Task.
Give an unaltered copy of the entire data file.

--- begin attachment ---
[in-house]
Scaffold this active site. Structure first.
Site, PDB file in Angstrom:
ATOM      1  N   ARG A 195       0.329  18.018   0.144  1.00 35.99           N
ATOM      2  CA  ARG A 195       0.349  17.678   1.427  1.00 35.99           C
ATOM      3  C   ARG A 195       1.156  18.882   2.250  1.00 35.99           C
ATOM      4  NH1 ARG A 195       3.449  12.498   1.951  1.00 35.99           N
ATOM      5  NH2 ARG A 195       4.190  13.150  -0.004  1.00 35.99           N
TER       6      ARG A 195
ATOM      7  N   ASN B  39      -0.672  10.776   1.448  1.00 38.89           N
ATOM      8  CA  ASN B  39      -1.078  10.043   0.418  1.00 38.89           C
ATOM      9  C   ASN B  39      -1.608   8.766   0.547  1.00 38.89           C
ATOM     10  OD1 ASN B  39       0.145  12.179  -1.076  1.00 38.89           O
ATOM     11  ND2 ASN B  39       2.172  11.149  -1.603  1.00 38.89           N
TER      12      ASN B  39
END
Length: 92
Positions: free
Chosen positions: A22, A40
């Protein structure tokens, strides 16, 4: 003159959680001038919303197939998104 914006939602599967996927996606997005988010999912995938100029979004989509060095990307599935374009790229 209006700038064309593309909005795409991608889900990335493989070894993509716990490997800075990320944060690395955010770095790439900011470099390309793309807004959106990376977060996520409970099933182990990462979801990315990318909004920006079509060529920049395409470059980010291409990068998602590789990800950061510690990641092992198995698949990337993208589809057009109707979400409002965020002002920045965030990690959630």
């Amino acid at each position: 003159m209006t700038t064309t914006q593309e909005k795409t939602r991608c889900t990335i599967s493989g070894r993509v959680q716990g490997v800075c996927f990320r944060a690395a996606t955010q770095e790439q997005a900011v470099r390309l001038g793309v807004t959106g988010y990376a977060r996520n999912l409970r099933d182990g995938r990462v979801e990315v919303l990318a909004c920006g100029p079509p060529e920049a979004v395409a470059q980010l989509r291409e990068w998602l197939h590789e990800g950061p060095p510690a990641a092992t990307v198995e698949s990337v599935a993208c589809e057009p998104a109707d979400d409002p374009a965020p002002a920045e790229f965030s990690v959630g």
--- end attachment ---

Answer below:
[in-house]
Scaffold this active site. Structure first.
Site, PDB file in Angstrom:
ATOM      1  N   ARG A 195       0.329  18.018   0.144  1.00 35.99           N
ATOM      2  CA  ARG A 195       0.349  17.678   1.427  1.00 35.99           C
ATOM      3  C   ARG A 195       1.156  18.882   2.250  1.00 35.99           C
ATOM      4  NH1 ARG A 195       3.449  12.498   1.951  1.00 35.99           N
ATOM      5  NH2 ARG A 195       4.190  13.150  -0.004  1.00 35.99           N
TER       6      ARG A 195
ATOM      7  N   ASN B  39      -0.672  10.776   1.448  1.00 38.89           N
ATOM      8  CA  ASN B  39      -1.078  10.043   0.418  1.00 38.89           C
ATOM      9  C   ASN B  39      -1.608   8.766   0.547  1.00 38.89           C
ATOM     10  OD1 ASN B  39       0.145  12.179  -1.076  1.00 38.89           O
ATOM     11  ND2 ASN B  39       2.172  11.149  -1.603  1.00 38.89           N
TER      12      ASN B  39
END
Length: 92
Positions: free
Chosen positions: A22, A40
């Protein structure tokens, strides 16, 4: 003159959680001038919303197939998104 914006939602599967996927996606997005988010999912995938100029979004989509060095990307599935374009790229 209006700038064309593309909005795409991608889900990335493989070894993509716990490997800075990320944060690395955010770095790439900011470099390309793309807004959106990376977060996520409970099933182990990462979801990315990318909004920006079509060529920049395409470059980010291409990068998602590789990800950061510690990641092992198995698949990337993208589809057009109707979400409002965020002002920045965030990690959630």
């Amino acid at each position: 003159m209006t700038t064309t914006q593309e909005k795409t939602r991608c889900t990335i599967s493989g070894r993509v959680q716990g490997v800075c996927f990320r944060a690395a996606t955010q770095e790439q997005a900011v470099r390309l001038g793309v807004t959106g988010y990376a977060r996520n999912l409970r099933d182990g995938r990462v979801e990315v919303l990318a909004c920006g100029p079509p060529e920049a979004v395409a470059q980010l989509r291409e990068w998602l197939h590789e990800g950061p060095p510690a990641a092992t990307v198995e698949s990337v599935a993208c589809e057009p998104a109707d979400d409002p374009a965020p002002a920045e790229f965030s990690v959630g």